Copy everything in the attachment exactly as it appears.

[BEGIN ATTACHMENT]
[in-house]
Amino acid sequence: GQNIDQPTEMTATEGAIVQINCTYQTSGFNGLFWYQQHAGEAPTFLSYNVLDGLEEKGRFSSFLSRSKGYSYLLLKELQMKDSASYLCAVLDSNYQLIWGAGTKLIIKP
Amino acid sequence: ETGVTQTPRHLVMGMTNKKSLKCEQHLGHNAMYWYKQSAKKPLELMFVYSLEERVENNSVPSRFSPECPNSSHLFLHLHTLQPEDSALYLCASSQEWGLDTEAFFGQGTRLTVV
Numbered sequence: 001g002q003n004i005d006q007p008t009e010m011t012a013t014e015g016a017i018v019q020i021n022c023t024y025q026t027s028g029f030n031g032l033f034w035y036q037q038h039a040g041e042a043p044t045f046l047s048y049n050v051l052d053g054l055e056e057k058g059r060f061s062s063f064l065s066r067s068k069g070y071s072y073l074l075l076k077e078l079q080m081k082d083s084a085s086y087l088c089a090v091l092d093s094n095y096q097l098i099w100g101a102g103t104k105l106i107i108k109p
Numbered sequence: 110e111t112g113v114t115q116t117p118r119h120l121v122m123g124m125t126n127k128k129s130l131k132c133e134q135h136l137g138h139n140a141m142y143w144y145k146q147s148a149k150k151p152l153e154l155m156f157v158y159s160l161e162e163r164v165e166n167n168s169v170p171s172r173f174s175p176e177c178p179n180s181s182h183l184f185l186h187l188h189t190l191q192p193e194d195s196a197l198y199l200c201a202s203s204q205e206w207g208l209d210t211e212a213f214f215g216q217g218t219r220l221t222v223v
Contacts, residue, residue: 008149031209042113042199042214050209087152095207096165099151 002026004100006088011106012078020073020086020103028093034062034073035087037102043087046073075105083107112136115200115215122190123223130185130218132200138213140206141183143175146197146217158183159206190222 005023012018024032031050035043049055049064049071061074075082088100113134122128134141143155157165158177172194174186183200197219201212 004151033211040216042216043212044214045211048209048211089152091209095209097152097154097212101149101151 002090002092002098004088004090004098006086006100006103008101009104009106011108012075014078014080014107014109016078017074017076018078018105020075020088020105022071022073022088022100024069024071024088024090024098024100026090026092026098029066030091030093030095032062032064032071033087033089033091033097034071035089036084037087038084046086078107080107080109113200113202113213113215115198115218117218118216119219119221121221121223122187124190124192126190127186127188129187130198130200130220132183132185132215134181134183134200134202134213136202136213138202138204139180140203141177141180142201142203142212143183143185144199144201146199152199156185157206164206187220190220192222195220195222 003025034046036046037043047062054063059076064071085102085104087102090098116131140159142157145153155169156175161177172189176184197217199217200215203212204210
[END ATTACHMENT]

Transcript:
[in-house]
Amino acid sequence: GQNIDQPTEMTATEGAIVQINCTYQTSGFNGLFWYQQHAGEAPTFLSYNVLDGLEEKGRFSSFLSRSKGYSYLLLKELQMKDSASYLCAVLDSNYQLIWGAGTKLIIKP
Amino acid sequence: ETGVTQTPRHLVMGMTNKKSLKCEQHLGHNAMYWYKQSAKKPLELMFVYSLEERVENNSVPSRFSPECPNSSHLFLHLHTLQPEDSALYLCASSQEWGLDTEAFFGQGTRLTVV
Numbered sequence: 001g002q003n004i005d006q007p008t009e010m011t012a013t014e015g016a017i018v019q020i021n022c023t024y025q026t027s028g029f030n031g032l033f034w035y036q037q038h039a040g041e042a043p044t045f046l047s048y049n050v051l052d053g054l055e056e057k058g059r060f061s062s063f064l065s066r067s068k069g070y071s072y073l074l075l076k077e078l079q080m081k082d083s084a085s086y087l088c089a090v091l092d093s094n095y096q097l098i099w100g101a102g103t104k105l106i107i108k109p
Numbered sequence: 110e111t112g113v114t115q116t117p118r119h120l121v122m123g124m125t126n127k128k129s130l131k132c133e134q135h136l137g138h139n140a141m142y143w144y145k146q147s148a149k150k151p152l153e154l155m156f157v158y159s160l161e162e163r164v165e166n167n168s169v170p171s172r173f174s175p176e177c178p179n180s181s182h183l184f185l186h187l188h189t190l191q192p193e194d195s196a197l198y199l200c201a202s203s204q205e206w207g208l209d210t211e212a213f214f215g216q217g218t219r220l221t222v223v
Contacts, residue, residue: 008149031209042113042199042214050209087152095207096165099151 002026004100006088011106012078020073020086020103028093034062034073035087037102043087046073075105083107112136115200115215122190123223130185130218132200138213140206141183143175146197146217158183159206190222 005023012018024032031050035043049055049064049071061074075082088100113134122128134141143155157165158177172194174186183200197219201212 004151033211040216042216043212044214045211048209048211089152091209095209097152097154097212101149101151 002090002092002098004088004090004098006086006100006103008101009104009106011108012075014078014080014107014109016078017074017076018078018105020075020088020105022071022073022088022100024069024071024088024090024098024100026090026092026098029066030091030093030095032062032064032071033087033089033091033097034071035089036084037087038084046086078107080107080109113200113202113213113215115198115218117218118216119219119221121221121223122187124190124192126190127186127188129187130198130200130220132183132185132215134181134183134200134202134213136202136213138202138204139180140203141177141180142201142203142212143183143185144199144201146199152199156185157206164206187220190220192222195220195222 003025034046036046037043047062054063059076064071085102085104087102090098116131140159142157145153155169156175161177172189176184197217199217200215203212204210